About Baselines for WCAG 2.0

About Baselines for WCAG 2.0 explains a new concept in WCAG 2.0: a technology baseline. A baseline is the set of technologies that an author assumes are supported and turned on in user agents and assistive technologies. Baselines are related to conformance claims. When a Web site claims to conform to WCAG 2.0, all information and functionality of the Web content conform to WCAG 2.0 even when a user agent supports only the technologies in the baseline.

Application Notes

In the future, “Application Notes” (working title) may be provided in conjunction with WCAG 2.0. Application Notes would provide detailed guidance for a specific topic, such as images, links, or tables. For example, an Application Note on forms would include WCAG 2.0 success criteria, techniques, and strategies for developing accessible forms.

Navigating WCAG 2.0 Documents

The main WCAG 2.0 document is currently divided into the following 9 Web pages:

All of the information above is also available on one Web page, which is useful for printing or downloading as a single HTML file.

The Understanding WCAG 2.0 document is currently one large Web page, as is the Techniques for WCAG 2.0 document. In the future, these documents may be broken up into multiple pages (where each “How To” section of Understanding WCAG 2.0 and each technique is its own page).

Throughout the WCAG 2.0 documents are links to related information in other documents. For example, from WCAG 2.0 a link such as "How to meet 1.1.1" goes to a section within Understanding WCAG 2.0 that describes how to meet that success criterion and lists techniques. The techniques lists are links that go to the detailed description of the technique within Techniques for WCAG 2.0.

How WCAG 2.0 Working Drafts Differ from WCAG 1.0

WCAG 2.0 Working Draft guidelines and success criteria are more robust, technology-independent and testable, and the WCAG 2.0 supporting documents include more information than was provided with WCAG 1.0.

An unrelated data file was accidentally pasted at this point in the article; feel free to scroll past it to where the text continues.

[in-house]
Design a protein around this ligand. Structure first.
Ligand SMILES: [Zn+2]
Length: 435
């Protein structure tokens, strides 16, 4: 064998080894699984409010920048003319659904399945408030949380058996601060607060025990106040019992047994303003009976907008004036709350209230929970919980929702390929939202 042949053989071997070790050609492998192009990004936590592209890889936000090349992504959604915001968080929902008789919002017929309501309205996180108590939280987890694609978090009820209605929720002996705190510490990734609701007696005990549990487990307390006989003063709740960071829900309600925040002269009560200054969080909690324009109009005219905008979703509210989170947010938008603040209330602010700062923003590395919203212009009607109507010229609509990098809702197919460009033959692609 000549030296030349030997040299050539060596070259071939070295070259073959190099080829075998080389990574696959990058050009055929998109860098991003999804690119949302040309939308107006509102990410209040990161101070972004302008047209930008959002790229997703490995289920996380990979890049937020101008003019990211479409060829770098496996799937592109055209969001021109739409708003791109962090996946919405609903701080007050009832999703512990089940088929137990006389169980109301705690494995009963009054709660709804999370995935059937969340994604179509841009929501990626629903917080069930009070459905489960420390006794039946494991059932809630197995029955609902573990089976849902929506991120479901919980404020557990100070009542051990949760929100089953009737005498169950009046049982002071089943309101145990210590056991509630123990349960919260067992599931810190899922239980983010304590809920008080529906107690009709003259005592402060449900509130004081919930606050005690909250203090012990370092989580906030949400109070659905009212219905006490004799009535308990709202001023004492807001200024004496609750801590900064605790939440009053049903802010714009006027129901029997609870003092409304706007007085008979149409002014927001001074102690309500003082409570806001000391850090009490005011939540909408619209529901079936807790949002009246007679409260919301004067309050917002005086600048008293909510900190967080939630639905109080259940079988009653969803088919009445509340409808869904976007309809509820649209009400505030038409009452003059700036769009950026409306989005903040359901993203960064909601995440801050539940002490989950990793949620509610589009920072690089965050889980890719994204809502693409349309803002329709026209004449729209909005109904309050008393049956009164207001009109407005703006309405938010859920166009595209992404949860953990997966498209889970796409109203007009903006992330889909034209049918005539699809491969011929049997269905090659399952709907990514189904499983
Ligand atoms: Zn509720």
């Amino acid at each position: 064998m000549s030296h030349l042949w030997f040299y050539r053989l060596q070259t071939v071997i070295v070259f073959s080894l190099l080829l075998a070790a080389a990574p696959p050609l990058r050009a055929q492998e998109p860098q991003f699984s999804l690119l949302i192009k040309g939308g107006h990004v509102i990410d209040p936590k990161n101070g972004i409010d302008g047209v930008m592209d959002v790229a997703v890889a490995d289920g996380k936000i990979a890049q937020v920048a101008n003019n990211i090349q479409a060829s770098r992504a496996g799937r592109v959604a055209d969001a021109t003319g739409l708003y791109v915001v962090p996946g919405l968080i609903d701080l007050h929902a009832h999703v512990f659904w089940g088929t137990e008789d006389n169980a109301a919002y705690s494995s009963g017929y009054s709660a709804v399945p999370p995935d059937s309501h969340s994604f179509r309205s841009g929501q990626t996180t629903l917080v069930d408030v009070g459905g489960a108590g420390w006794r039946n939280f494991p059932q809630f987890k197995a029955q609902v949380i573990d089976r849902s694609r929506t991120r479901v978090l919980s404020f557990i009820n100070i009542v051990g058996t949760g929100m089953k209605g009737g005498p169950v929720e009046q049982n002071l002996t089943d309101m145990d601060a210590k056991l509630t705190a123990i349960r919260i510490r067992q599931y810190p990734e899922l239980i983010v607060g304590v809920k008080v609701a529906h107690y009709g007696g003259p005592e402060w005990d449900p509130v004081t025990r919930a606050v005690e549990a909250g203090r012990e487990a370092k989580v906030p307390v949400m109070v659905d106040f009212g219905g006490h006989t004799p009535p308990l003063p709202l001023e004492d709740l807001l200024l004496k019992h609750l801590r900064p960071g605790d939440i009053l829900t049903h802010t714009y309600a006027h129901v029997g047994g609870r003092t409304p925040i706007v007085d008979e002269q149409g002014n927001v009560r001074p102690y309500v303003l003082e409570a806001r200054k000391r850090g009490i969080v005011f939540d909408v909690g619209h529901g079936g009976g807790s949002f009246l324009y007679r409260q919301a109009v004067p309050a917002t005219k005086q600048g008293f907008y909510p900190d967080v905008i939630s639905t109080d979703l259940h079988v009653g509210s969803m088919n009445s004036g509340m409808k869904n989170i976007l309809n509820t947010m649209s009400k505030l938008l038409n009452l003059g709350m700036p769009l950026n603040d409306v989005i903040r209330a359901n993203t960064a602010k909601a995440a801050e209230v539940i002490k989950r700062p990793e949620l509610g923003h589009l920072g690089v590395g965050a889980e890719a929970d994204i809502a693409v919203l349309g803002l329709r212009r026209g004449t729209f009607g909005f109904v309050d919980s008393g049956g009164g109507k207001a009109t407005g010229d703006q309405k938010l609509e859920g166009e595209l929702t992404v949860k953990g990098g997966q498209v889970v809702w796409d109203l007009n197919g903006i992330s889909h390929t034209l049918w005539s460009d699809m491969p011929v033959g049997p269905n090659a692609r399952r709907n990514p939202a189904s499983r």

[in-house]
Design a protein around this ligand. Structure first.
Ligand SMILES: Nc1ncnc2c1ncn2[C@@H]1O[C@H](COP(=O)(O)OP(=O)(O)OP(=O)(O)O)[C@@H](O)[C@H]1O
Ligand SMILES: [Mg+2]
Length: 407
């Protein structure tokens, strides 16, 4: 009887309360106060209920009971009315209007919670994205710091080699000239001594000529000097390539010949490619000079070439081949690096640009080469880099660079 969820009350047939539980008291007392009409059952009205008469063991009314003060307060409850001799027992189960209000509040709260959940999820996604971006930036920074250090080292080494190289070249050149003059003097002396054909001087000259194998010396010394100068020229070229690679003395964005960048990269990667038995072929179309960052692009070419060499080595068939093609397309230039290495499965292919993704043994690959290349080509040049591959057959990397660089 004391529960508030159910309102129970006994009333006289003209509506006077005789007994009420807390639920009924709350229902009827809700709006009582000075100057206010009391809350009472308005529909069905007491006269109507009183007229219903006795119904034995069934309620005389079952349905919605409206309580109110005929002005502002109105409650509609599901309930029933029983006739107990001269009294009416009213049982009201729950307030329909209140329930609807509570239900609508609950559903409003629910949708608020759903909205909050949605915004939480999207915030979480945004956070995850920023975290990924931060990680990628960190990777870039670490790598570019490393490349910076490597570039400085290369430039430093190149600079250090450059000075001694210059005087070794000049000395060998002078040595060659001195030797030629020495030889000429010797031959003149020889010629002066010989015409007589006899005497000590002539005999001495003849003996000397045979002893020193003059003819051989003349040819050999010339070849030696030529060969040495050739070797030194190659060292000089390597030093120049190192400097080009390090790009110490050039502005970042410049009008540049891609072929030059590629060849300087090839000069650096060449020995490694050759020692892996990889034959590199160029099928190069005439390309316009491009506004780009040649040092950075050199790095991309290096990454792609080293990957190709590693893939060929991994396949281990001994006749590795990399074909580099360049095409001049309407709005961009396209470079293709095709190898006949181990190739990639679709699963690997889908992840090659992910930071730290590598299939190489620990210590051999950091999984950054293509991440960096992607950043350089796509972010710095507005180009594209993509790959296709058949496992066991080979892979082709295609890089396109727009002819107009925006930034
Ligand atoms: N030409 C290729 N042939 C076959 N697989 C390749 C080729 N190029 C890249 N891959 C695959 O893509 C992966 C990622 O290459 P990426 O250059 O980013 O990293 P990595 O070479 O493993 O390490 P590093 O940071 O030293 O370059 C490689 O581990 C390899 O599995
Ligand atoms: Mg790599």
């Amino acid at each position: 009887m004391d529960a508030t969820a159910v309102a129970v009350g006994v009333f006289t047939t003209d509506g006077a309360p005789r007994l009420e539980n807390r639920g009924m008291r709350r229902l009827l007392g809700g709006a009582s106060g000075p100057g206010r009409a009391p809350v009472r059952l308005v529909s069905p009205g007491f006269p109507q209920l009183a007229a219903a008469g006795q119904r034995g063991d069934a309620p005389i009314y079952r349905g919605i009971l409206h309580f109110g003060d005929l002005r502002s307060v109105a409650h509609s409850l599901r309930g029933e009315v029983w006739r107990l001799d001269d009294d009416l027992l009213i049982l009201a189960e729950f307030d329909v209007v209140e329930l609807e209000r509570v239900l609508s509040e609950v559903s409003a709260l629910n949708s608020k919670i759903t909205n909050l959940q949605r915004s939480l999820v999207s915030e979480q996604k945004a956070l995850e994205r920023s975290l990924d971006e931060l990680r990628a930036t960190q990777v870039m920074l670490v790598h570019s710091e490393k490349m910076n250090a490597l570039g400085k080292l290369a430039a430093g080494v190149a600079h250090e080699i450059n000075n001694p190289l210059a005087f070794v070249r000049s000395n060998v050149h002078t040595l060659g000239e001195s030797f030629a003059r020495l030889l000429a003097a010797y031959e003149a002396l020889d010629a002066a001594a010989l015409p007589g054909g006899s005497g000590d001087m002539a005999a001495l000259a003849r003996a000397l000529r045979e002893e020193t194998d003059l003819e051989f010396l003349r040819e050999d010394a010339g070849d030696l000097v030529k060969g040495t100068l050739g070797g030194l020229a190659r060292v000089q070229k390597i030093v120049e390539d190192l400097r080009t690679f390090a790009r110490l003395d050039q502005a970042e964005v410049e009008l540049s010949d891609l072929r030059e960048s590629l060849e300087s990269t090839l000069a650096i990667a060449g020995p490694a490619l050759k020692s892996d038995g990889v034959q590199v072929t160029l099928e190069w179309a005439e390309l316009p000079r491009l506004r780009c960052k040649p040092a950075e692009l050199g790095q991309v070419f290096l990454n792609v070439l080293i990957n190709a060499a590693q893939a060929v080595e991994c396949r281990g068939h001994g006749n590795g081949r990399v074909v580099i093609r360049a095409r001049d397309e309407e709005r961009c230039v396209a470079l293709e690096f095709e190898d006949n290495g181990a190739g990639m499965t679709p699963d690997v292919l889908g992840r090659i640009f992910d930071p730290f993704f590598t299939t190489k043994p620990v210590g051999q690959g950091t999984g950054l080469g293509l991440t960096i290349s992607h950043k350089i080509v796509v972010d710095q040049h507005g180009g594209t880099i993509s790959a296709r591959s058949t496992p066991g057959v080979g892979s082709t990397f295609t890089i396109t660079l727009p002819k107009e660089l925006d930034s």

In WCAG 1.0, a brief descriptions of issues are included in the main WCAG 1.0 document under each guideline. With WCAG 2.0, extensive guidance is provided in Understanding WCAG 2.0, as explained above.

WCAG 1.0 Priority Checkpoints versus WCAG 2.0 Level Success Criteria

WCAG 1.0 is organized around guidelines that have checkpoints, which are priority 1, 2, or 3. The basis for determining conformance to the WCAG 1.0 are the checkpoints.

WCAG 2.0 is organized around four design principles of Web accessibility. Each principle has guidelines, and each guideline has success criteria at level 1, 2, or 3. The basis for determining conformance to the WCAG 2.0 Working Draft are the success criteria.

Differences in Techniques Documents

The Techniques for WCAG 1.0 document, sometimes called the "Techniques Gateway", provides only links to relevant technology-specific techniques documents, as explained in Navigating WCAG 1.0 Guidelines and Techniques Documents. A separate document, Core Techniques for WCAG 1.0, provides general techniques, and there are two technology-specific techniques documents covering HTML and CSS.

1.0 checkpoint <links to> "Gateway" Techniques <links to> technique

The Techniques for WCAG 2.0 are much more robust and complete than those for WCAG 1.0, as described in the "Techniques" section above. The Techniques for WCAG 2.0 document currently includes general techniques and technology-specific techniques. Techniques are linked from the Understanding WCAG 2.0 document.

2.0 success criteria <links to> "How to Meet" in Understanding <links to> technique

Transitioning from WCAG 1.0 to WCAG 2.0

Comparison of WCAG 1.0 Checkpoints to WCAG 2.0 shows the relationship between WCAG 1.0 checkpoints and WCAG 2.0.

Most Web sites that conform to WCAG 1.0 should not require significant changes in order to conform to WCAG 2.0, and may not need any changes. WAI will provide additional resources to help organizations that are currently using WCAG 1.0 to transition to WCAG 2.0.